#1Volunteam: 8 Reasons to Volunteer as a Lane Timer

#1Volunteam: 8 Reasons to Volunteer as a Lane Timer

By Chase McFadden//Contributor  | Wednesday, March 22, 2017

Taking a timer’s chair at a swim meet is like sitting in the “splash zone” at Sea World: you get an up-close-and-personal vantage point for all of the action, and you’re guaranteed to get wet (but you won’t smell like whale).

Soggy feet aside, volunteering to time a lane is one of the easiest ways an individual can contribute to the sport. Here are 8 reasons why you should slip off your sneakers and volunteer as a lane timer.


1. You’ll feel wanted. And it’s good to feel wanted. Not like when your kids use you as a human ATM to continually withdraw funds for concession stand fare; I mean genuinely appreciated. Age-group meets are always in need of timers. ALWAYS. Volunteer and you’re instantly a hero.

2. It’s the best seat in the house. As long as you’re paying close attention to the swimmer in your lane during the final few yards into the wall, you can take in the entirety of each race from pool level.

3. Meets go faster. Let’s do some math: one session of a typical meet lasts 3-4 hours. If your child swims four events and averages, let’s say, 1-2 minutes of actual time-in-water during each of those four splashes, you’re watching at the most 10 minutes of swimming. But when handling a stopwatch, you’re actively engaged for the entire session. Time flies by.

4. It’s an opportunity to be competitive. Wanna play a game? See how close you can come to the time posted from the touchpad. Better yet, see if both you and your timing partner can hit the same readout on the scoreboard. That feat is commonly referred to as the “Golden Trifecta of Timing Perfectitude,” and if you do it, you’ll be rewarded with a free bottle of water! (Okay, I just made that up.)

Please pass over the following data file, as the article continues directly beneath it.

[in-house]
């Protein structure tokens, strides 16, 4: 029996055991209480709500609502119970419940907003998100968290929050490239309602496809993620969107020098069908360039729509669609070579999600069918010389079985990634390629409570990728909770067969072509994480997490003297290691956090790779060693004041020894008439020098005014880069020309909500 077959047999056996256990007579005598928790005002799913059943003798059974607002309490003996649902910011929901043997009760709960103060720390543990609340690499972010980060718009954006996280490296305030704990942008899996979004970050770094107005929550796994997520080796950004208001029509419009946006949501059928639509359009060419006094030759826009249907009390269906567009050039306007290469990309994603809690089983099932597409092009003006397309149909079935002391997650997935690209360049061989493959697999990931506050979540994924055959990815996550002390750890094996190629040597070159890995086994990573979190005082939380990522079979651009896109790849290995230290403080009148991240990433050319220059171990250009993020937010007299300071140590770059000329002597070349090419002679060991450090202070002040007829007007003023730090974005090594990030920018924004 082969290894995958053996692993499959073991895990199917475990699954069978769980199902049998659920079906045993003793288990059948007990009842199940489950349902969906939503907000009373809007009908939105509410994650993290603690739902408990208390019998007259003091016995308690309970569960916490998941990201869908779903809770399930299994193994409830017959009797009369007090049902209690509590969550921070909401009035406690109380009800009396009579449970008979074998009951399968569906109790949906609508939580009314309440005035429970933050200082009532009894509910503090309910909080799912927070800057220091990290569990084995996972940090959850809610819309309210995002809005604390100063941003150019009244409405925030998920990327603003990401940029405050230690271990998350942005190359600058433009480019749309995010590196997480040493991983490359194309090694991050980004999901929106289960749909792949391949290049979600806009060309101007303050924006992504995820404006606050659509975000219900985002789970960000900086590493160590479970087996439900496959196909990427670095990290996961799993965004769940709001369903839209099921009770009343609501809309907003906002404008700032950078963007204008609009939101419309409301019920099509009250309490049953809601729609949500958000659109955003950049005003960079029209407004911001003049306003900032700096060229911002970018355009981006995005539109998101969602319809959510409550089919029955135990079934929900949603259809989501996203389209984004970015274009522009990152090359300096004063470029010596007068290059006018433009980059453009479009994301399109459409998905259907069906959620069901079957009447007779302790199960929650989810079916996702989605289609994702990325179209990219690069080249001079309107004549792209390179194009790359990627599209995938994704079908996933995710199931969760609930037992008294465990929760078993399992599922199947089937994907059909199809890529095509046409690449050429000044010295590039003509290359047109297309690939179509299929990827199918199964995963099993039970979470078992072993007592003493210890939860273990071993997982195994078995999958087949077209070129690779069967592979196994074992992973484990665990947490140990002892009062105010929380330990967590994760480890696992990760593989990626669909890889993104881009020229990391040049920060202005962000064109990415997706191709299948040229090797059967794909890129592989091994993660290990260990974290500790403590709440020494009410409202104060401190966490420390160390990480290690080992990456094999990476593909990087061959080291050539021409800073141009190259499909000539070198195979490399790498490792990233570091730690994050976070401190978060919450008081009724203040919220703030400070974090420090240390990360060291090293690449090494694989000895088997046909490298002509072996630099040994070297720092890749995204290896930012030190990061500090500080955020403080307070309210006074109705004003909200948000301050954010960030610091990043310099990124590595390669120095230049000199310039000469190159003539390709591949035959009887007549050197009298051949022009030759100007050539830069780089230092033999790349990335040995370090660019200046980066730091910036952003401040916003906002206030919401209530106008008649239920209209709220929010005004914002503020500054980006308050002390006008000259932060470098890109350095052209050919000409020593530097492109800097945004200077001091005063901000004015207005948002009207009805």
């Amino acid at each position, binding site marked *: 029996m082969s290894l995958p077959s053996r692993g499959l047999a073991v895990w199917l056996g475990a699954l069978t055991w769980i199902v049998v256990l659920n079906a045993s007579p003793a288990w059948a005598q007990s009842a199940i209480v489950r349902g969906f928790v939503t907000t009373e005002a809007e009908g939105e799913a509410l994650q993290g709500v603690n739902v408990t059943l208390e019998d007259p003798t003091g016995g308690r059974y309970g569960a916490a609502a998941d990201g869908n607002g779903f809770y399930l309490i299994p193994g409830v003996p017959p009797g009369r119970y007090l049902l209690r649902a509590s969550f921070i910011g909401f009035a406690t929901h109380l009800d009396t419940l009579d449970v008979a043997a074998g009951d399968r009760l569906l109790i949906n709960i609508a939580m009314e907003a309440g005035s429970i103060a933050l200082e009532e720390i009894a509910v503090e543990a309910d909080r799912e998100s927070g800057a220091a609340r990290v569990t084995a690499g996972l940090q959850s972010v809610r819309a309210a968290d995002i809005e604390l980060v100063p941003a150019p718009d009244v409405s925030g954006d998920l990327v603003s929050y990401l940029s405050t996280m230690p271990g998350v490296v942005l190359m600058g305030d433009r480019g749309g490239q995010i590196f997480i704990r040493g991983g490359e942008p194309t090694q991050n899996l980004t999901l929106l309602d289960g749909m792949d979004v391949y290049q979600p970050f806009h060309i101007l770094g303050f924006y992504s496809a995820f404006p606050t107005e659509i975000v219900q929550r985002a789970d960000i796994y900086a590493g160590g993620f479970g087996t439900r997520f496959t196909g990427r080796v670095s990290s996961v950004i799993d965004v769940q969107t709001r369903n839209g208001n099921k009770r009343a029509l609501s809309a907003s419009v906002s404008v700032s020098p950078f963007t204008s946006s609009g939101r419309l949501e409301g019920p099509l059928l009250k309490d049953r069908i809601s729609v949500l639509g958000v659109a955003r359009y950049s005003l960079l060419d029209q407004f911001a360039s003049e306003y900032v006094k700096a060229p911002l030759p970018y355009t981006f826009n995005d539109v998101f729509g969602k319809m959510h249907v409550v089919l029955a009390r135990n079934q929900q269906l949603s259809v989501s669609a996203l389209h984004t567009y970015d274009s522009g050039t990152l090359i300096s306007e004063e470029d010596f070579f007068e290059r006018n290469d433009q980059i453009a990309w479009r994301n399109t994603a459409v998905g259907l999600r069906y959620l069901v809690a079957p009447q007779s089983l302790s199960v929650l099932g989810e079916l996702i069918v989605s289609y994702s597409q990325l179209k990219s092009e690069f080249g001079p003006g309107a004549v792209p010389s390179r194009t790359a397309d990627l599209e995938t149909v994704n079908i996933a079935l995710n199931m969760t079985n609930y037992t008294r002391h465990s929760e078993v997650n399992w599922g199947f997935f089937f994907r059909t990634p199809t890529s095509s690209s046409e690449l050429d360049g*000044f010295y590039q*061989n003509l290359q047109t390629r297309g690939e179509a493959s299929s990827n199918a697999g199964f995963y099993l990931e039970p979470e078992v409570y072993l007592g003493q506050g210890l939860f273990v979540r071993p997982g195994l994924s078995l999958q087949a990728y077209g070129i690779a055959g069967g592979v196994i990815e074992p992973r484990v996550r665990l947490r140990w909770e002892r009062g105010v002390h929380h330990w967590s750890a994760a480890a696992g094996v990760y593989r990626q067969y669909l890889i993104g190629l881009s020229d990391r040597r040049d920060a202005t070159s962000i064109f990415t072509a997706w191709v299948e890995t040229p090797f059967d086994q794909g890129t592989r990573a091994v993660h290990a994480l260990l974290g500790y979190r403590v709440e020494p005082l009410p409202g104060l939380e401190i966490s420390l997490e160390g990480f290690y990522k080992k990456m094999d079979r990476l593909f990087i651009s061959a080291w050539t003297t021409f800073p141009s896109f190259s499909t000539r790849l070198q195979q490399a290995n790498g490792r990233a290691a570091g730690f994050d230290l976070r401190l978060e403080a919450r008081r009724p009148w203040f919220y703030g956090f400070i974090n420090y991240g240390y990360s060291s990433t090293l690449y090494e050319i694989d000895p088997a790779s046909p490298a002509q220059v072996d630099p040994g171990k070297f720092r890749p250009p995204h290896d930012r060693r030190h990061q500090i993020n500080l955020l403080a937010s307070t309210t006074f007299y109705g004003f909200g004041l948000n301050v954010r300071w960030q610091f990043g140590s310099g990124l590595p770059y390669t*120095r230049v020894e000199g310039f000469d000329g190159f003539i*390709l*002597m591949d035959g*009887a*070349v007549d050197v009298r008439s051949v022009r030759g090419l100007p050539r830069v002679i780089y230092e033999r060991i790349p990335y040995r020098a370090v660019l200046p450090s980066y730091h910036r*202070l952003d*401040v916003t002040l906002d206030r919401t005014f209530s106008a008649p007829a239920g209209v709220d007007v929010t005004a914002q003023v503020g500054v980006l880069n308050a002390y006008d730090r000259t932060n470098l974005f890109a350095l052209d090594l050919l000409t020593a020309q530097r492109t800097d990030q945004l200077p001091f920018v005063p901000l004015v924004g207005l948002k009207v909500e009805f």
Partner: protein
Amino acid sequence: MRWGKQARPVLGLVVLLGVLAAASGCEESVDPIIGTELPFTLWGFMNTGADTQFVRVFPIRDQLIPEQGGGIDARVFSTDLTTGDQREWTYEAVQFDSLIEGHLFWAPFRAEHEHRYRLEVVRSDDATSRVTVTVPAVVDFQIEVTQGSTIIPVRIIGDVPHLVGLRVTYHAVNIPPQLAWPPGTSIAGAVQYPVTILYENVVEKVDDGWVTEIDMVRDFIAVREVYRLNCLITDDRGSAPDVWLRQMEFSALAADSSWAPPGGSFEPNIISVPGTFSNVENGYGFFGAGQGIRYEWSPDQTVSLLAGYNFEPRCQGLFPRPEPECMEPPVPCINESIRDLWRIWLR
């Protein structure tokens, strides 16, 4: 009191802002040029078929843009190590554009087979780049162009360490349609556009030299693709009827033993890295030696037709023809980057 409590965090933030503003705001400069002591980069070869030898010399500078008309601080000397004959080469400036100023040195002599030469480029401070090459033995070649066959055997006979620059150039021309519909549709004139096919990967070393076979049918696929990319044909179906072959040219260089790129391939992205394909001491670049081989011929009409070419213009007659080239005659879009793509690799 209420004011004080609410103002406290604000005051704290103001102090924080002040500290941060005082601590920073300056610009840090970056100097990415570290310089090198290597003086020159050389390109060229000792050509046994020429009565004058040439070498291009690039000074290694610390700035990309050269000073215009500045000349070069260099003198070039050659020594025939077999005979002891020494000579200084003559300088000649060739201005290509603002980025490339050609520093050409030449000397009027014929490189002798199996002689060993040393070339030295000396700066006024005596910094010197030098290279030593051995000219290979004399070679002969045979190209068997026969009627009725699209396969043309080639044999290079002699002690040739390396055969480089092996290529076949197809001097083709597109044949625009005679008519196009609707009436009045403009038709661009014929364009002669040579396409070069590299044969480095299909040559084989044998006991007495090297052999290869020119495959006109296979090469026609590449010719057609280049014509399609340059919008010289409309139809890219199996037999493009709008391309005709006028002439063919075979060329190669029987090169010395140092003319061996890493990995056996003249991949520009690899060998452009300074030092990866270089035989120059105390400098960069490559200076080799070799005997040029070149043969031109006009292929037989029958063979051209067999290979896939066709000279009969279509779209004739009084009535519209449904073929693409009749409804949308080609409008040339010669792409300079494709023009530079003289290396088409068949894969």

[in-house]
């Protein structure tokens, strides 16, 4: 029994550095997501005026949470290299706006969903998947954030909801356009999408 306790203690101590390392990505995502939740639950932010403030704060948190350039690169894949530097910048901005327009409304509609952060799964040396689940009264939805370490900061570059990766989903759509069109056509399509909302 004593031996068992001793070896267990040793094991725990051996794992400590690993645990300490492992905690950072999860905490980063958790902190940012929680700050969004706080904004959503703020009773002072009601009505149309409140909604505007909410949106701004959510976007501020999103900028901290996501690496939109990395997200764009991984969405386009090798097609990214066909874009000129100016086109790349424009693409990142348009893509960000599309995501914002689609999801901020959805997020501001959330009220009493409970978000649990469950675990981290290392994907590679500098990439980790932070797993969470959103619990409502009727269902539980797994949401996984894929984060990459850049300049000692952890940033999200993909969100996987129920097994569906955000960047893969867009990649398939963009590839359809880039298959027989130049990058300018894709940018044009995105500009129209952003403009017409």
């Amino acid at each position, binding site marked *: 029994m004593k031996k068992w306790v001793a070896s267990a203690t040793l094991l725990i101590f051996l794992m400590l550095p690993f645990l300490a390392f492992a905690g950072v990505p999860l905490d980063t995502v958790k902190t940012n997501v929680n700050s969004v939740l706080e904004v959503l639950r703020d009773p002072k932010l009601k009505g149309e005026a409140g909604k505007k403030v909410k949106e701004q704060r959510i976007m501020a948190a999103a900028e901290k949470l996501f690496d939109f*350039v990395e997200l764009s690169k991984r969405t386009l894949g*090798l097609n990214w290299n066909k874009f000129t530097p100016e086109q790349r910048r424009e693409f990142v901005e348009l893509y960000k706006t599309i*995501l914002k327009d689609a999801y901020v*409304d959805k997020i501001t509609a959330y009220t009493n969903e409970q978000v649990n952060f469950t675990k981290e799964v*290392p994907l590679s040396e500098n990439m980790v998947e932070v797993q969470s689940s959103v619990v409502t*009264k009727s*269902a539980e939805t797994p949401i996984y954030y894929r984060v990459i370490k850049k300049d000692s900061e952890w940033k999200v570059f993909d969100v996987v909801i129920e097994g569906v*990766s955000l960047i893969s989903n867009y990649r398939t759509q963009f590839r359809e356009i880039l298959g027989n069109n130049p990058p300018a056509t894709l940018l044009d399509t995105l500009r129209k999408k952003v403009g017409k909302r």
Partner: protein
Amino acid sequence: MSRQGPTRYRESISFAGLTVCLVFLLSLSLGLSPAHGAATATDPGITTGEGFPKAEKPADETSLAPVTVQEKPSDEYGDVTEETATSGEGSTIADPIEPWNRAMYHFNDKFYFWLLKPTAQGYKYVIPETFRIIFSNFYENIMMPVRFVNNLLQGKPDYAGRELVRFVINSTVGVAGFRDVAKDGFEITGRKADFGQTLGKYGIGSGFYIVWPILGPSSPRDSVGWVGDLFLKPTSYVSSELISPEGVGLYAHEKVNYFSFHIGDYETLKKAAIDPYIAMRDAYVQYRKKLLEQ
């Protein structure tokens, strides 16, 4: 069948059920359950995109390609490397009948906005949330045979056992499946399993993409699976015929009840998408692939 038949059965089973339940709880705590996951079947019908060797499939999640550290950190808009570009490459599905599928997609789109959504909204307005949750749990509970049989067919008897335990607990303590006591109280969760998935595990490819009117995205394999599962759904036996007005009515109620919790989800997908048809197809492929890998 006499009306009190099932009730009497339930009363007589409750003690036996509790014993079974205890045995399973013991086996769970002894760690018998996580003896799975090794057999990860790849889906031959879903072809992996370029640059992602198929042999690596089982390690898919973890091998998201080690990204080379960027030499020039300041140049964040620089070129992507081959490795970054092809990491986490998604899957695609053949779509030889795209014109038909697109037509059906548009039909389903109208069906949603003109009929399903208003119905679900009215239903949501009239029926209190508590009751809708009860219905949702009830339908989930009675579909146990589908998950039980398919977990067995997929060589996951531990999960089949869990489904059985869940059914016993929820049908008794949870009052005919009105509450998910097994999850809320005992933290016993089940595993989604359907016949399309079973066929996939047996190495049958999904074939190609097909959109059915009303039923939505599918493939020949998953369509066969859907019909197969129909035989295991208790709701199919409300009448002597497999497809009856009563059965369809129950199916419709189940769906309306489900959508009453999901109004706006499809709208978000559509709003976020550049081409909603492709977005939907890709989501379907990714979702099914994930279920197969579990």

5. You get free bottles of water. That part’s true.

6. Kids are cheap entertainment. You’ll meet some characters when seated down behind the blocks. The capped-and-goggled set is one of the most interesting demographics you’ll come across, and they’ll keep you on your toes. (Which – just to reiterate – will be wet.)

7. Networking. Those willing to pitch in and help for the greater good tend to be pretty decent folks, like you. Chances are you’re going to be timing along with another individual -- likely a fellow parent of a swimmer -- who is good people. Whether it’s someone from your child’s club or a complete stranger, take the opportunity to strike up a conversation. Who knows? Maybe you’ll become BGTTPFFs (Best Golden Trifecta of Timing Perfectitude Friends Forever.)

8. Improved health. Research suggests that performing multiple tasks simultaneously with both sides of the body helps to generate neural pathways. Guess what? Pickle in one hand, stopwatch in the other? Boom: better brain. Hey, at the very least you’ll be better hydrated from all that free water, and that’s something.
 

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